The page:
Started by CG MANIA, March 18, 2018, 05:05:02 pm
Quote from: ajcgi on March 20, 2018, 11:31:31 amI often play with the depth modulator too. That helps with variety.[attachimg=1]
Quote from: Oshyan on March 20, 2018, 05:18:34 pmIt's interesting that this created an entire discussion. To me, using Terragen for years, it is fairly intuitive. You create a cloud layer, adjust a few settings, and you get a result very similar to what is desired here. It sounds like what is desired that is *different* from the default cloud layer is more coverage (and a camera position above the clouds). I would first start by putting the camera where I want it to be because only then can I adjust cloud parameters and see if it is giving me the result I want (you cannot adjust cloud settings from the ground and be confident it is doing what you want *above* the clouds). So I move the camera up, camera movement is fairly clear too, right? Now I'm above the clouds...OK so now so let's see about coverage... Well, there is a Coverage slider in the cloud layer, so I just increase that until there are no more gaps in the clouds but more like a continuous "carpet" of clouds. Using a value of 2 actually worked fine, but lower values may work well also. A value of 0.8 or so was patchier but matched some of the other attempts people have posted here. This is the image I get from Coverage of 2.0 with Easy Cloud Large Cumulus (I adjusted sun position to match the Vue reference):[attachimg=1]Basically I arrived at this result by thinking about what kind of cloud types and sizes I wanted - to match the reference I thought a Cumulus would be good - and then creating that type of layer, moving my camera to a good position, adjusting sun, and then changing cloud settings in the Ray Traced Preview mode until I had what I wanted. Pretty straightforward. Of course the clouds fade out in the distance, but this is just because the layer is Localized (it is hoped this is clear from the Radius value, but I can understand that the "Localize" checkbox being grayed out may make that part unclear).So certainly one issue with what CG Mania tried is using Global Clouds. Perhaps it is not clear enough in the cloud preset list, but they are intended for *global* views (i.e. from orbit). Maybe those presets should be at the bottom of the list because they should be used much less often and are less realistic (they are good for orbital views, but not for anything near the ground).It's also a good idea to pay attention to the range of values in the sliders, even if you want to enter values manually. In this case the Coverage maximum (for Easy Clouds) is 1.6. That means we are suggesting that the *maximum* value you'd want to use is 1.6. You can always use higher (or lower) values than the minimum and maximum in the slider, but in most cases the slider suggests a "normal" range of appropriate values. I would guess that a value lower than 2.0 would work fine for Coverage here, for example.Now I know of course that I am very familiar with how TG works, so I know how to do this. I'm not trying to make anyone feel stupid here, I hope I haven't, I imagine all of you would have taken a simpler approach if you knew what to do. So the failure here is that the simple route was for some reason not intuitive. Thus what I want to know is which of these steps was *not* intuitive to the original poster (CG Mania) and many of the rest of folks here (who did achieve nice results but took more complicated approaches, needlessly complicated in my view). We want to make workflow better so it's vital to understand where people get lost!- Oshyan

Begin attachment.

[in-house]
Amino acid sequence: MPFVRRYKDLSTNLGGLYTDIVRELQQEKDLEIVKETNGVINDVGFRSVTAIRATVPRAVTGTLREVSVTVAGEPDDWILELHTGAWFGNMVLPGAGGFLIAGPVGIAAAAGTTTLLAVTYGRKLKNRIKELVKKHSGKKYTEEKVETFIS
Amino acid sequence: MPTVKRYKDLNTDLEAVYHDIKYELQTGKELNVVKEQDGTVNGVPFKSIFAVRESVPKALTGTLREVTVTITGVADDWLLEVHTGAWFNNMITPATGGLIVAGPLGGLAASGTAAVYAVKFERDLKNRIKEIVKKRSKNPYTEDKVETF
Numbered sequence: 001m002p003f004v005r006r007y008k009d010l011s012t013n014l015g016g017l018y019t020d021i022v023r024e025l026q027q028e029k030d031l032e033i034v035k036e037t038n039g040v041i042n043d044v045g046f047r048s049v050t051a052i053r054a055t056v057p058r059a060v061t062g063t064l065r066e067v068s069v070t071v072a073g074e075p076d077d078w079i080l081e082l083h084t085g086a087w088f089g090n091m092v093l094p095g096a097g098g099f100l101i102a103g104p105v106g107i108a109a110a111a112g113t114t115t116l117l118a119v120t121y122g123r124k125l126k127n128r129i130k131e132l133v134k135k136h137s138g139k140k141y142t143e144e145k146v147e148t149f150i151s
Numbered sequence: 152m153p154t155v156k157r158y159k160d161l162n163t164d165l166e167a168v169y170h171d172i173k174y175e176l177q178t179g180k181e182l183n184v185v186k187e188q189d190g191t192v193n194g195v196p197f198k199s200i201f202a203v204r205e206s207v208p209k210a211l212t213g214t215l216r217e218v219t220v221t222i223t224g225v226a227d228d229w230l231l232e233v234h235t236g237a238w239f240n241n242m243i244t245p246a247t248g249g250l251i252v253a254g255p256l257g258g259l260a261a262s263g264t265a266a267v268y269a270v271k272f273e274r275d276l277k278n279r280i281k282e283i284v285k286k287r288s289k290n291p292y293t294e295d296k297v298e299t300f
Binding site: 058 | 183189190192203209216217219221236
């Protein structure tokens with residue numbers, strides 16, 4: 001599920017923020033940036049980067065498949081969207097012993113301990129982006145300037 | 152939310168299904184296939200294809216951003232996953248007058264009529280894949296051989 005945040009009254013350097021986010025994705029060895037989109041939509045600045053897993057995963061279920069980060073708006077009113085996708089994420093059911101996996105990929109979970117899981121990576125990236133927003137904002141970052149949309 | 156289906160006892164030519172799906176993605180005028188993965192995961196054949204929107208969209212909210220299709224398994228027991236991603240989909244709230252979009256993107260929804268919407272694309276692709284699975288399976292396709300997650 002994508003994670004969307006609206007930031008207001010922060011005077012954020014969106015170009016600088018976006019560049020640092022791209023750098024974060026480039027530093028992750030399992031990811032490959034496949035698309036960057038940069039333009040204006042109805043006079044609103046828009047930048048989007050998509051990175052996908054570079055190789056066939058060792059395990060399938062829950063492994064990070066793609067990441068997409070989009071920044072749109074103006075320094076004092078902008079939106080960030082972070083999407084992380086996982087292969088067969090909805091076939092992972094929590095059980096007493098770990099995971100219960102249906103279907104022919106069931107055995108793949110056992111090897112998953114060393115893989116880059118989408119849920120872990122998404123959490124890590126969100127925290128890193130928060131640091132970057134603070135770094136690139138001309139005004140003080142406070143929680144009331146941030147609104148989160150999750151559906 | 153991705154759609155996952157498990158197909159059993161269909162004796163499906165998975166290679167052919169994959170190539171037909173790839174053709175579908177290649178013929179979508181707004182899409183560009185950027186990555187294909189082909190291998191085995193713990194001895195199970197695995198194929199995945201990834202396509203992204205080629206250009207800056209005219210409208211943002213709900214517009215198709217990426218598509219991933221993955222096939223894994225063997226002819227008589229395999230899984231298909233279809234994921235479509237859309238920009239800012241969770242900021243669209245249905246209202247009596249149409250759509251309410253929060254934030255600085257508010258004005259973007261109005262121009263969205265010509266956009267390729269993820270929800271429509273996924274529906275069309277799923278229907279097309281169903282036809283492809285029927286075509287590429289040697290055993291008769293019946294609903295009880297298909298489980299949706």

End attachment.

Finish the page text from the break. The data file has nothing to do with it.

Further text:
QuoteI think the biggest difference here is simply using Easy Clouds over a cloud density fractal. Clearly, the look with Cloud Layer v3 by default is flat and hazy on top as shown in images or by adding one and upping density yourself (default edge sharpness). The next issue is how the cloud depth works which creates only small peaks. Third issue is raising the cloud depth so when you raise actual peaks, they don't flatten against the boundaries.